Food can bring back the dead. I’ve been debating using that word. Dead.
Is ‘passed away’ better? Whenever I want to tell my daughter stories about people who are ‘no longer with us’, I’m always stuck at the point where she asks me, so where are they now, Ma? A ‘star in the sky’ is not really an option, is it? I did use that once, I must admit. But neither us were really convinced. So now, it’s ‘dead’. To her it just means people that we can talk about, think about, but can’t see, nor have chocolate cake with. Now, the conversation goes like this:
Where is she, Ma?
We’re good with that. For now.
She also knows that Bubulma is one of those people that we can only talk about. Bubulma is what she calls D’s mother. Someone she will never know, but whom she could have a sense of knowing, through the stories we tell her. Through the photographs we show her. And through food.
When I said ‘food can bring back the dead’, I wasn’t referring to lunch with Psychic Sally. I was talking about food that brings back memories of people you loved and miss. When I cook something that my grandmother used to cook when I was little, or use a recipe that my mother-in-law had perfected, I bring them back a little. I get a sense of the flavours they loved, the spices they had in their kitchen, and the crops that grew around them. And so I carry them forward, and pass them on. And my daughter gets a sense of someone long gone. The stirring of an old spoon.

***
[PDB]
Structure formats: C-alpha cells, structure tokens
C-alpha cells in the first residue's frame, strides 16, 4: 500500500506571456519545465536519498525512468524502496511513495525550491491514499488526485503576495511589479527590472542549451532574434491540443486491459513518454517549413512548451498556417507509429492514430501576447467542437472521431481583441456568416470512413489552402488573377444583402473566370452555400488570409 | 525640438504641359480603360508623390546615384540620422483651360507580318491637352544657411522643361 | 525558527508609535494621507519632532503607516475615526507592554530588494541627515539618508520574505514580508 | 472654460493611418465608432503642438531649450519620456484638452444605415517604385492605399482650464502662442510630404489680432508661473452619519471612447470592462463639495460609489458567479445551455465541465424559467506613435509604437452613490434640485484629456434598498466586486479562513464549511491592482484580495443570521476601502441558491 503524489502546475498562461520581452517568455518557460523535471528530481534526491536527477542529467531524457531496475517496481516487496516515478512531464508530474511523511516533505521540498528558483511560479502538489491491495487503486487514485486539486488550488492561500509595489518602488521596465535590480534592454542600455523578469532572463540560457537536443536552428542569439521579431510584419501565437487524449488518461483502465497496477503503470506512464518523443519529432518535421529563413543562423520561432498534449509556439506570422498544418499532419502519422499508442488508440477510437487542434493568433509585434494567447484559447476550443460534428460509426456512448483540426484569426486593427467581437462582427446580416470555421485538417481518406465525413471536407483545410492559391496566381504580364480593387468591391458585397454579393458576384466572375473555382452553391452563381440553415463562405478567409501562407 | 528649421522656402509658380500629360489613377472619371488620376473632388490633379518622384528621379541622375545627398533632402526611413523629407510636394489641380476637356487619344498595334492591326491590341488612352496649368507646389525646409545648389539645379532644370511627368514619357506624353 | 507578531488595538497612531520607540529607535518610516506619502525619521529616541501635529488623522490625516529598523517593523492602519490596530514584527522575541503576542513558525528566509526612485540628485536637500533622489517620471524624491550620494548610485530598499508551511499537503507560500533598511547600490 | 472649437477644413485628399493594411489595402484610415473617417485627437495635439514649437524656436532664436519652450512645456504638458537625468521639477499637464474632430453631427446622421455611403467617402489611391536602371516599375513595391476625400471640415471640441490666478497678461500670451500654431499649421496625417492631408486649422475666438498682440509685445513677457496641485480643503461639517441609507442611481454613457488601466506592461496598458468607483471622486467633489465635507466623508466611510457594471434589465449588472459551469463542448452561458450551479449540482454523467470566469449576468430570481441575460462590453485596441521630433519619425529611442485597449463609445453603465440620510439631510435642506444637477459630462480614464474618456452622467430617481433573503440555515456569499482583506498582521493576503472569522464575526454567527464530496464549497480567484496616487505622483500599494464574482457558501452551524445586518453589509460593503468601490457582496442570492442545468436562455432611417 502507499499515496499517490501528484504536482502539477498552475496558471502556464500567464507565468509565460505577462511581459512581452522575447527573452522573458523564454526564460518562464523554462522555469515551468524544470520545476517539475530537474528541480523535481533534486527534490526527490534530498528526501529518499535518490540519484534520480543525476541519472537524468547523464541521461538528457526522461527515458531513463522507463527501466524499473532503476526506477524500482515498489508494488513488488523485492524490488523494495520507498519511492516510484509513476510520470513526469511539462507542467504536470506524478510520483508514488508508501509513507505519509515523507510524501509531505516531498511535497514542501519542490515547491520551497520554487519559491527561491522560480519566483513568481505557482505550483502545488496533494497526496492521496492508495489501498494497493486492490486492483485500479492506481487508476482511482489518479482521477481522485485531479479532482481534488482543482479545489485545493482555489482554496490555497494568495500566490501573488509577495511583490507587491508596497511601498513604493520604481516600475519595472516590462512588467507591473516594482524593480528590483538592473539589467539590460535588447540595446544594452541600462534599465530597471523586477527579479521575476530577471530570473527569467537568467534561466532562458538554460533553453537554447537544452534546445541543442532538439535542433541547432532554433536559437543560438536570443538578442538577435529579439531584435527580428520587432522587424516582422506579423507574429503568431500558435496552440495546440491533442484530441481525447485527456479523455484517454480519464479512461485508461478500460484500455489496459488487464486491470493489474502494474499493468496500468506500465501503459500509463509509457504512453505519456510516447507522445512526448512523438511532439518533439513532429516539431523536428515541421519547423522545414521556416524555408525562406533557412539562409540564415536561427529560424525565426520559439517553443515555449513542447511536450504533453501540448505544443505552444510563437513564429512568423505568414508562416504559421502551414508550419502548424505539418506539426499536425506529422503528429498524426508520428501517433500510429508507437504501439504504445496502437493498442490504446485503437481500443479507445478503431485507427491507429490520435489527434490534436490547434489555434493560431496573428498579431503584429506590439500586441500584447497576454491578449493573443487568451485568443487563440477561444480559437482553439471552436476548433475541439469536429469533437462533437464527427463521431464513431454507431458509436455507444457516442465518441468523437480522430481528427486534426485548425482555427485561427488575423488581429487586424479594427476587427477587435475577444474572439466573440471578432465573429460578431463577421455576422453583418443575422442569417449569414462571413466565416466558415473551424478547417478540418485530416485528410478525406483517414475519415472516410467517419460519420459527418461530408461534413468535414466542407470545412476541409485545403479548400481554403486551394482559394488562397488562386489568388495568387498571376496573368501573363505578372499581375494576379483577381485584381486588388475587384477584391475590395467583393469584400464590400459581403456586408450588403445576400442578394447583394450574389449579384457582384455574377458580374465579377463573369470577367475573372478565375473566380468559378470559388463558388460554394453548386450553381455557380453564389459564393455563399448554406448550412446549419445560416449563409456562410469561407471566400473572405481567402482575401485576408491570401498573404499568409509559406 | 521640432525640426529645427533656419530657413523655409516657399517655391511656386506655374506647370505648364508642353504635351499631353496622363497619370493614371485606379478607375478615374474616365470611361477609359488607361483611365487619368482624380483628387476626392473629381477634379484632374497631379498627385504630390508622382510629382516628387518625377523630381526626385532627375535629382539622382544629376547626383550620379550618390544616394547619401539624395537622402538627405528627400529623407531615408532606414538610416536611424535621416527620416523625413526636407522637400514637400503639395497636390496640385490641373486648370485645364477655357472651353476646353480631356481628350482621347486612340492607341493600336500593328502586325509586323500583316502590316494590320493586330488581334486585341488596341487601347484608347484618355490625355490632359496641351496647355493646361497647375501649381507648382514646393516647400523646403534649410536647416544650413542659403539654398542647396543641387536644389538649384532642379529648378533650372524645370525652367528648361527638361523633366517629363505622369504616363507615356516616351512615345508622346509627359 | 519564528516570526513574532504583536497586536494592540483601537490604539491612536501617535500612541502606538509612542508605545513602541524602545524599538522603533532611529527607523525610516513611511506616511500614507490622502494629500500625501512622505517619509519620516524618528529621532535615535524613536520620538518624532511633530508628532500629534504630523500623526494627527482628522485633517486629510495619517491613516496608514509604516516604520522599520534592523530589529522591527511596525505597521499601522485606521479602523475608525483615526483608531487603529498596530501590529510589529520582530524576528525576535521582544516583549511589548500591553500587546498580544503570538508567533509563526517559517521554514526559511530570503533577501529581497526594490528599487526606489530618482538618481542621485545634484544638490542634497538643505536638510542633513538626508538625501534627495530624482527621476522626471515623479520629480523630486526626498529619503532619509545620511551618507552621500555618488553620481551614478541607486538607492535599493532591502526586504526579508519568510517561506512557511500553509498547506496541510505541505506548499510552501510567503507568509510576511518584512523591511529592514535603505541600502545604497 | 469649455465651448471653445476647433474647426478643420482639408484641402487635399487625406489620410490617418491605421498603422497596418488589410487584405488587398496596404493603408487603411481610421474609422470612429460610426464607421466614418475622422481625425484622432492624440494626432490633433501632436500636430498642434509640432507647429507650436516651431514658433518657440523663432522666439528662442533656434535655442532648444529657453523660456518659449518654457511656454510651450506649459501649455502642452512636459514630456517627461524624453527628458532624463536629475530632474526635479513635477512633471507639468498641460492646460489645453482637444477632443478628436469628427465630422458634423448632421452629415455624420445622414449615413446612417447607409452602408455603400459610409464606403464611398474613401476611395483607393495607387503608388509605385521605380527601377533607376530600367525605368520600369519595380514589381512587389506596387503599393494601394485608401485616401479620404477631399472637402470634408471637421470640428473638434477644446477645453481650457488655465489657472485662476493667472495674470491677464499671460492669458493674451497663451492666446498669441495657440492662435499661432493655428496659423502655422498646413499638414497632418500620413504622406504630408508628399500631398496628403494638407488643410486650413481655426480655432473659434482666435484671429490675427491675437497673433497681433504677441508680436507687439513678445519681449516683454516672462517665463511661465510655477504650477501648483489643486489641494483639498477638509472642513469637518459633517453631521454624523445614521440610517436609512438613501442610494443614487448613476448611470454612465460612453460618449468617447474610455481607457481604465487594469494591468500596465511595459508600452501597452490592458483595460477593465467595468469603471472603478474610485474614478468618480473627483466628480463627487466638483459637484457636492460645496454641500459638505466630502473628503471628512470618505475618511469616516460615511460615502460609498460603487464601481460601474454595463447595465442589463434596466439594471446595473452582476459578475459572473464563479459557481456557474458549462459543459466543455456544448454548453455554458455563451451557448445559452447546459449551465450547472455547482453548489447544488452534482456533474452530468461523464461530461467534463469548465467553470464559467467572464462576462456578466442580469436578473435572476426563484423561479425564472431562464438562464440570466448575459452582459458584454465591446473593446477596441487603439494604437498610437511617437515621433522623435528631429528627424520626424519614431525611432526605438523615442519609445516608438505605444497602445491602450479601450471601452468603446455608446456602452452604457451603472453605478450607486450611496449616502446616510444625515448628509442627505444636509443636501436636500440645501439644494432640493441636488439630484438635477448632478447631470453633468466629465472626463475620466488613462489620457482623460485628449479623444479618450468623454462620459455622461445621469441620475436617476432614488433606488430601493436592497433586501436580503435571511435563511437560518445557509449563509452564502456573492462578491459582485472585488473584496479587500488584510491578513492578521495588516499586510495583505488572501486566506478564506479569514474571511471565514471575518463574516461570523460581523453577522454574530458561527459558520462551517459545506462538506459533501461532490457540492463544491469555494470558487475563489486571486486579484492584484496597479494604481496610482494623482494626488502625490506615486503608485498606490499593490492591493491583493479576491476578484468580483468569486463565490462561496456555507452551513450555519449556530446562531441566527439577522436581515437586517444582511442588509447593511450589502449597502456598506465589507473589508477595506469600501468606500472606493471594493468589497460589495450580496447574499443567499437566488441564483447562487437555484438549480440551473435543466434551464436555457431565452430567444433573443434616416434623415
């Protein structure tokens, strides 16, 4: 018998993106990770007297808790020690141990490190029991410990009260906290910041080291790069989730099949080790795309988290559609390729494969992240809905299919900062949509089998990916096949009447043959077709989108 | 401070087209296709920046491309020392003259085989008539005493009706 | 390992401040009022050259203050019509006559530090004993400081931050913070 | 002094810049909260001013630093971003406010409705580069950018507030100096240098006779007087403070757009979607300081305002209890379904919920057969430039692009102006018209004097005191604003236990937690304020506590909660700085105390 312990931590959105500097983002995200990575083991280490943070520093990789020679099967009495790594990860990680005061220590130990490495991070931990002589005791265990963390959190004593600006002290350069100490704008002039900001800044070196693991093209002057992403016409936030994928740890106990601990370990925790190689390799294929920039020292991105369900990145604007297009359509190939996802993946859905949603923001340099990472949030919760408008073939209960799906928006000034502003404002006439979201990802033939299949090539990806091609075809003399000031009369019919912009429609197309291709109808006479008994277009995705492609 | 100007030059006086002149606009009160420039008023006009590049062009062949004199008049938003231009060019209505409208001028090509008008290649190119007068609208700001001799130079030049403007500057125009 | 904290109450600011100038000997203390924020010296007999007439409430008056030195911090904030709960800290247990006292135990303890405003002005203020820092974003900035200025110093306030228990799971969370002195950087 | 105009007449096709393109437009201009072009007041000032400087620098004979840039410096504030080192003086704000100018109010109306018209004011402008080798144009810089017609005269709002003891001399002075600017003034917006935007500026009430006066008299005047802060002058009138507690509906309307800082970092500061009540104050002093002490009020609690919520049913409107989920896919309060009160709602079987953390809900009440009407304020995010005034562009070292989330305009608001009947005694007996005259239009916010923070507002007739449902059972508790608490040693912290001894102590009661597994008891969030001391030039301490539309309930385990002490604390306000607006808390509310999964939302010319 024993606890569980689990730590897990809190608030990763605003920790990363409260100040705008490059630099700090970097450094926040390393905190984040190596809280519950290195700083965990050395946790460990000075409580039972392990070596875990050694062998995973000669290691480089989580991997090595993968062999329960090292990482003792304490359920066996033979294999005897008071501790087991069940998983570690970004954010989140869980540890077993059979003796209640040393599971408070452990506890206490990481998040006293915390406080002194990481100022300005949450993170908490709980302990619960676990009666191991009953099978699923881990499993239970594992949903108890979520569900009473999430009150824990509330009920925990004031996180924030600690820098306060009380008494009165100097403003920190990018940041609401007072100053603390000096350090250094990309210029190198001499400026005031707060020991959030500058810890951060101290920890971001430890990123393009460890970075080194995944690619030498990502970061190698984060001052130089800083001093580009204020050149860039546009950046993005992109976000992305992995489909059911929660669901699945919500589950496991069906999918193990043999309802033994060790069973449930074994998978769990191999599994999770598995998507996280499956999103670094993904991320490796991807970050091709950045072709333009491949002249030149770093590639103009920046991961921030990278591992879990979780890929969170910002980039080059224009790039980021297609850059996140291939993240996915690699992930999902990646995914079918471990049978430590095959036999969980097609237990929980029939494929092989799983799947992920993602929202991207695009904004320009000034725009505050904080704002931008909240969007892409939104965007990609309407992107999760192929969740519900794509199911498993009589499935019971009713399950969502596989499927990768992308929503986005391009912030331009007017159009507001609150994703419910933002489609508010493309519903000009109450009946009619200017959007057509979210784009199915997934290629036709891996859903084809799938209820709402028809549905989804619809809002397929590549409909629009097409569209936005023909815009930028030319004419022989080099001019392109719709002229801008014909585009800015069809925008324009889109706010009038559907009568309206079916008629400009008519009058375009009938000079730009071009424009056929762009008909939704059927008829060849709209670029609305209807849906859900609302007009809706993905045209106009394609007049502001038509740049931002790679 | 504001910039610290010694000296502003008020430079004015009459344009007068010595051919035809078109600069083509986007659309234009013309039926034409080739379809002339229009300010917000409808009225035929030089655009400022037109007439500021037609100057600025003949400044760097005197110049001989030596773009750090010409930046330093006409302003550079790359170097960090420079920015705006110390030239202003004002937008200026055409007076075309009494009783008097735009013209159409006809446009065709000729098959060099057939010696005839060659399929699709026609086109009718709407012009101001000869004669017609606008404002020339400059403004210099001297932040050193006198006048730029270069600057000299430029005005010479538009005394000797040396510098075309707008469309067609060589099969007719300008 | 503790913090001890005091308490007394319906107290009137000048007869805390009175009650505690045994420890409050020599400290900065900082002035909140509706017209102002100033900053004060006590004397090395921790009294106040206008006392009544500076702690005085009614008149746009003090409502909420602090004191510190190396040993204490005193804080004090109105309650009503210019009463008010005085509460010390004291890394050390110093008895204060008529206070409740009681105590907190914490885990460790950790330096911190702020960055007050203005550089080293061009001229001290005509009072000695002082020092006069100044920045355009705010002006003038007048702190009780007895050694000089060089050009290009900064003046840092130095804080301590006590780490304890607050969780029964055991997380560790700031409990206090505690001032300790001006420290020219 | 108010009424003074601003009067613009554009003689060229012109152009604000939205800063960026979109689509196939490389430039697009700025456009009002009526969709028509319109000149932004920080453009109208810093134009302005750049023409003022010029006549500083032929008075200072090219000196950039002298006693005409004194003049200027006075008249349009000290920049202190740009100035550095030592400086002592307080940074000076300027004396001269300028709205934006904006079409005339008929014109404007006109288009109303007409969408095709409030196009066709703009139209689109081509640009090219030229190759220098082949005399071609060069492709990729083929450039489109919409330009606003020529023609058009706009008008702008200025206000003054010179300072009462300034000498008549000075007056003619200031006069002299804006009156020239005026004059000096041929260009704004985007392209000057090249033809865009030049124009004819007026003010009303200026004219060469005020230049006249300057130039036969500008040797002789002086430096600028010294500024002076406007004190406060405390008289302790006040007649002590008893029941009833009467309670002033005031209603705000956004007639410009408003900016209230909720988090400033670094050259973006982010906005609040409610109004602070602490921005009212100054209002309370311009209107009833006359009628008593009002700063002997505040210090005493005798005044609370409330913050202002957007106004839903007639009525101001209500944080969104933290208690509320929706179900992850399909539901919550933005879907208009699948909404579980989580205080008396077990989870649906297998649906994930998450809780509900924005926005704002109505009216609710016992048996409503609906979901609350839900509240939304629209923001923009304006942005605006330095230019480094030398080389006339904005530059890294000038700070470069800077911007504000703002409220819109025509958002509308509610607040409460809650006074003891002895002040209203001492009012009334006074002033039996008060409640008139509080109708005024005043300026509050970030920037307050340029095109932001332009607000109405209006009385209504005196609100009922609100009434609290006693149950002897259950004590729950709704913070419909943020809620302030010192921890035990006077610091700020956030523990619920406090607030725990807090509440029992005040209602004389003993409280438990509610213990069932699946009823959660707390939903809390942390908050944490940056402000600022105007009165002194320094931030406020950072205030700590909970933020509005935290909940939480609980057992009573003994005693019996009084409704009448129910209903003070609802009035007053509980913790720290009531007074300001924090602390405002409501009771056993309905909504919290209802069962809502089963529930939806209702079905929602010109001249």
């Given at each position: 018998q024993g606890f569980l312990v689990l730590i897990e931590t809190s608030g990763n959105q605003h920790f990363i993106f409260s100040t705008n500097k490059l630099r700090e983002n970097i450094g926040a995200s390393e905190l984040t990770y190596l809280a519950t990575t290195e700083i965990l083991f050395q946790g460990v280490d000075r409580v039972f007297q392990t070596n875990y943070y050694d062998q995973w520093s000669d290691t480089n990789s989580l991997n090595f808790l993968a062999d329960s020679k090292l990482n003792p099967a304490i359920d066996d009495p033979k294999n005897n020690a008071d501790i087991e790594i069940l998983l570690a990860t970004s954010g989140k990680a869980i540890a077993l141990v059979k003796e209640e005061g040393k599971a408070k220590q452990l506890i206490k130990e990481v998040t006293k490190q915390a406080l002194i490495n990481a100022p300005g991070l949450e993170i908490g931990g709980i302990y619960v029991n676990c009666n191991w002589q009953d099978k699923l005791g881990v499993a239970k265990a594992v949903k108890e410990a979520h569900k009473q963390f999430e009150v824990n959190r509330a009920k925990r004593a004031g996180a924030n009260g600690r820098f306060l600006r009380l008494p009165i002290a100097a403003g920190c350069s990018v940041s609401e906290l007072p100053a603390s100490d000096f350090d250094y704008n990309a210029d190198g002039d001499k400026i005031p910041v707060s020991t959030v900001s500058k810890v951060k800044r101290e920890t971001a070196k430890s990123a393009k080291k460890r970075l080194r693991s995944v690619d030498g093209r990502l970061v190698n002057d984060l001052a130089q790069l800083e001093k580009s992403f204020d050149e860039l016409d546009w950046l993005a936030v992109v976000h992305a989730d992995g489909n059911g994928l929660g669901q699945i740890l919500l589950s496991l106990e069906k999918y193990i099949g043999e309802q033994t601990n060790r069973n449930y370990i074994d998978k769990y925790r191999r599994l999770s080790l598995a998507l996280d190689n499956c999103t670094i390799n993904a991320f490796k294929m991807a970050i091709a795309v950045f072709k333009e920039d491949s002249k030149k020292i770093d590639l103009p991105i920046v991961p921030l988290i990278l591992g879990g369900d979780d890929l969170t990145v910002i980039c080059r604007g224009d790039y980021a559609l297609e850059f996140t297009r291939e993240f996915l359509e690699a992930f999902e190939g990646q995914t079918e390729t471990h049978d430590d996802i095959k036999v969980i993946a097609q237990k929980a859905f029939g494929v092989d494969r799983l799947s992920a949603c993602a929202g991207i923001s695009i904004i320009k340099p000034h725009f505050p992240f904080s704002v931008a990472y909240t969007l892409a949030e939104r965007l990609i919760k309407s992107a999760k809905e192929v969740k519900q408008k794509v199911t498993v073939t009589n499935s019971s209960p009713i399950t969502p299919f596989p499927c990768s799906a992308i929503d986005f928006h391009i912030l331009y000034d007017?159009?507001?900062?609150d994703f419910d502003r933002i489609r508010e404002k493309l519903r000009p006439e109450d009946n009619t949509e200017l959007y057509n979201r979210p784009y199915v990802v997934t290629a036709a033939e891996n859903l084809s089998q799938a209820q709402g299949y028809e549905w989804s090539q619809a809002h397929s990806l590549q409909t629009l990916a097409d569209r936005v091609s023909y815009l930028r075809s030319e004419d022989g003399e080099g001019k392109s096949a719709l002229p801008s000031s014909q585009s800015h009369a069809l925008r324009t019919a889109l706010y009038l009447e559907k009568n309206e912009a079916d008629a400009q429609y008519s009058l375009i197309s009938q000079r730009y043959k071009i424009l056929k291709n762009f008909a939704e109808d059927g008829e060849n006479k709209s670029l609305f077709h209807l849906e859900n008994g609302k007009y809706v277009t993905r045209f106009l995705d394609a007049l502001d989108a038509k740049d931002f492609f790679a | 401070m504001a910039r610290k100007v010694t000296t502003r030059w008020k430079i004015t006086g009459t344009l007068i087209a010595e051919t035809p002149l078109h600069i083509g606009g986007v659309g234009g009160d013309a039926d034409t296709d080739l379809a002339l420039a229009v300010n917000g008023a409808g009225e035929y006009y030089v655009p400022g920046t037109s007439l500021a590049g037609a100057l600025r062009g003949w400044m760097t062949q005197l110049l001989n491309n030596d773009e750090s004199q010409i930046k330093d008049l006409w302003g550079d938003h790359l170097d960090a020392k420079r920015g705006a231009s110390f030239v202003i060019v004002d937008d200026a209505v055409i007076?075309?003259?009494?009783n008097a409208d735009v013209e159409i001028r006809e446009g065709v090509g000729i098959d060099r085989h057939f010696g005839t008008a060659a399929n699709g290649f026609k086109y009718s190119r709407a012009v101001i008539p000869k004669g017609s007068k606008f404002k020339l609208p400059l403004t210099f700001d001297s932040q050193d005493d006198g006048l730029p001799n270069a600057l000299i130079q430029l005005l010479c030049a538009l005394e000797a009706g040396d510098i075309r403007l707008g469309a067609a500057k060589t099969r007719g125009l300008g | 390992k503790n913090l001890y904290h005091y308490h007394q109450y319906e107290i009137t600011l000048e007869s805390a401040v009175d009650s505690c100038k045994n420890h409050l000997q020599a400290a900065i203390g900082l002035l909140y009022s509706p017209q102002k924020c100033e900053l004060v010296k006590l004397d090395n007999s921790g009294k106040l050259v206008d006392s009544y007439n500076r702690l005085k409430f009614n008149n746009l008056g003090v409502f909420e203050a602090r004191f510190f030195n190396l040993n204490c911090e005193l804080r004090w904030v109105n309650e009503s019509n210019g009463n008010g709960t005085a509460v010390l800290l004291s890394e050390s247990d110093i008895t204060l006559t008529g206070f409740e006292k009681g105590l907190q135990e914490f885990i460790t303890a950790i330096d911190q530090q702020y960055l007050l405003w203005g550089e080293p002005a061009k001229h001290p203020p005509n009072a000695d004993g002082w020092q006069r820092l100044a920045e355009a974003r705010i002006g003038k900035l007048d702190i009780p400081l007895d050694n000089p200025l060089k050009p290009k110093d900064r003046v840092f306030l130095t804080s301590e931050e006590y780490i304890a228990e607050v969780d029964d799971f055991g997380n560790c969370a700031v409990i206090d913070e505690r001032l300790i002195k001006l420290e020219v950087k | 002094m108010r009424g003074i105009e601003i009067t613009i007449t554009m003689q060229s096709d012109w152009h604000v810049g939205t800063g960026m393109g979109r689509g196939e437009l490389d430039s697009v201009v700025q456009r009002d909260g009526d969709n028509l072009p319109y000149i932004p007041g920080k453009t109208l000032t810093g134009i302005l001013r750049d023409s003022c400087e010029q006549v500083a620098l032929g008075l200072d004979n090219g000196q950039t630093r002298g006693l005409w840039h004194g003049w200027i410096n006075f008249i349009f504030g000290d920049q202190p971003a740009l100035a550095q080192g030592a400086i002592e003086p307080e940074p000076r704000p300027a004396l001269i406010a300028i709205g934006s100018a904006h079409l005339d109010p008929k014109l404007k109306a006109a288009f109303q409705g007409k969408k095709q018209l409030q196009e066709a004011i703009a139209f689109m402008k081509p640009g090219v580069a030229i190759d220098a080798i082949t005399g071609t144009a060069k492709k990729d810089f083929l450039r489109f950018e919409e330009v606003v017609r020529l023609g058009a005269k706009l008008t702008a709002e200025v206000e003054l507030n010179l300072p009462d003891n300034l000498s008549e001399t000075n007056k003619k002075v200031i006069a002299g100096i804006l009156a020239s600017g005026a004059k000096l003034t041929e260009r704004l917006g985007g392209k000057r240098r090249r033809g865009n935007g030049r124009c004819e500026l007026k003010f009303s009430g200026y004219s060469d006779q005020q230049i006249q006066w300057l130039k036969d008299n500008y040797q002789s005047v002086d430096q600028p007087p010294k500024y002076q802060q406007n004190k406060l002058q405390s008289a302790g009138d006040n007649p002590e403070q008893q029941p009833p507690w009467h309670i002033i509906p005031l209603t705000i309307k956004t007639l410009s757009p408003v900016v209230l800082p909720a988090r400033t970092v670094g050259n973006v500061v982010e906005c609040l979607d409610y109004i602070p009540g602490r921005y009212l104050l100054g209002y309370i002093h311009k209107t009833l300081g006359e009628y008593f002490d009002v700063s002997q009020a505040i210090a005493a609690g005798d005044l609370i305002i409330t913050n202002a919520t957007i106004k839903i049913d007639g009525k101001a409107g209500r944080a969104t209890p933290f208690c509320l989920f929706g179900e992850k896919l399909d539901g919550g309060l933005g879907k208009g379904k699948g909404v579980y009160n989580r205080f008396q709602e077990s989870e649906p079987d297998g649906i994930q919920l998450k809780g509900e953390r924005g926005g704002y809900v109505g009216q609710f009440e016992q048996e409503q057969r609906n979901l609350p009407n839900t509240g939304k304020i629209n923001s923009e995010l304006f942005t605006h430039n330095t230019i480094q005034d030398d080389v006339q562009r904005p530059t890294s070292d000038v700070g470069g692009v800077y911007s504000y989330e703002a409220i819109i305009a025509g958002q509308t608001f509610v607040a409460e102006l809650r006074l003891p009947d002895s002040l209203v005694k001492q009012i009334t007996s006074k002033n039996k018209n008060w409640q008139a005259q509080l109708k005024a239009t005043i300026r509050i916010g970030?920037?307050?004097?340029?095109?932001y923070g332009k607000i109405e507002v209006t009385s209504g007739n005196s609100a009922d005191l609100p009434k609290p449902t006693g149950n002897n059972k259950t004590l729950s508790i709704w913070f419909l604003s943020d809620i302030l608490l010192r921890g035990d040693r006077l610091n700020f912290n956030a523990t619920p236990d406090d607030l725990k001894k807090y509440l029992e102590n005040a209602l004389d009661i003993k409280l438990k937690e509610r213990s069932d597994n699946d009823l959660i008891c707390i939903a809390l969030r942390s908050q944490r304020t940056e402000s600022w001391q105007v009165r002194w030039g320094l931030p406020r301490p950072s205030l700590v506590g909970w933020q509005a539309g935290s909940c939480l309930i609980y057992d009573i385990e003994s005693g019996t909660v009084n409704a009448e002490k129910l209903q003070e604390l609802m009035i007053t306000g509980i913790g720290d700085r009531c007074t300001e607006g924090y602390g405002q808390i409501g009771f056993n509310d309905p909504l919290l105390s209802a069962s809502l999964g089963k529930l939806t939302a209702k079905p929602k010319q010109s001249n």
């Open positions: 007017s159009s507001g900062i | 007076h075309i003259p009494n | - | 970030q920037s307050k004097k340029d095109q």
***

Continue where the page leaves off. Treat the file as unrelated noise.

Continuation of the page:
Bubulma’s Pea Tikki
This was one of our favourites from Bubulma’s kitchen repertoire. She would make it every winter with freshly shelled peas. I made it recently for Chotto-ma’s birthday party, and it was one of the most popular things on the table.
Mash the boiled potatoes with salt and chopped coriander, and keep aside.
In a blender or mixer, put the peas, ginger, green chilli, aniseed and cumin seeds, and blitz till smooth.
In a flat pan, heat 1 tbs of oil, and add the pea paste. On fairly high heat, stir constantly till it becomes drier and tighter, almost like soft dough. Let it cool.
Once cooled, roll the paste between your palms to form several small, round green balls.
Cover each green ball with mashed potato, and flatten them into round discs or tikkis.
Dust the discs with a bit of plain flour, pat and keep aside.
Heat the rest of the oil in a flat, non-stick pan, and pan-fry the tikkis till they are golden brown on both sides.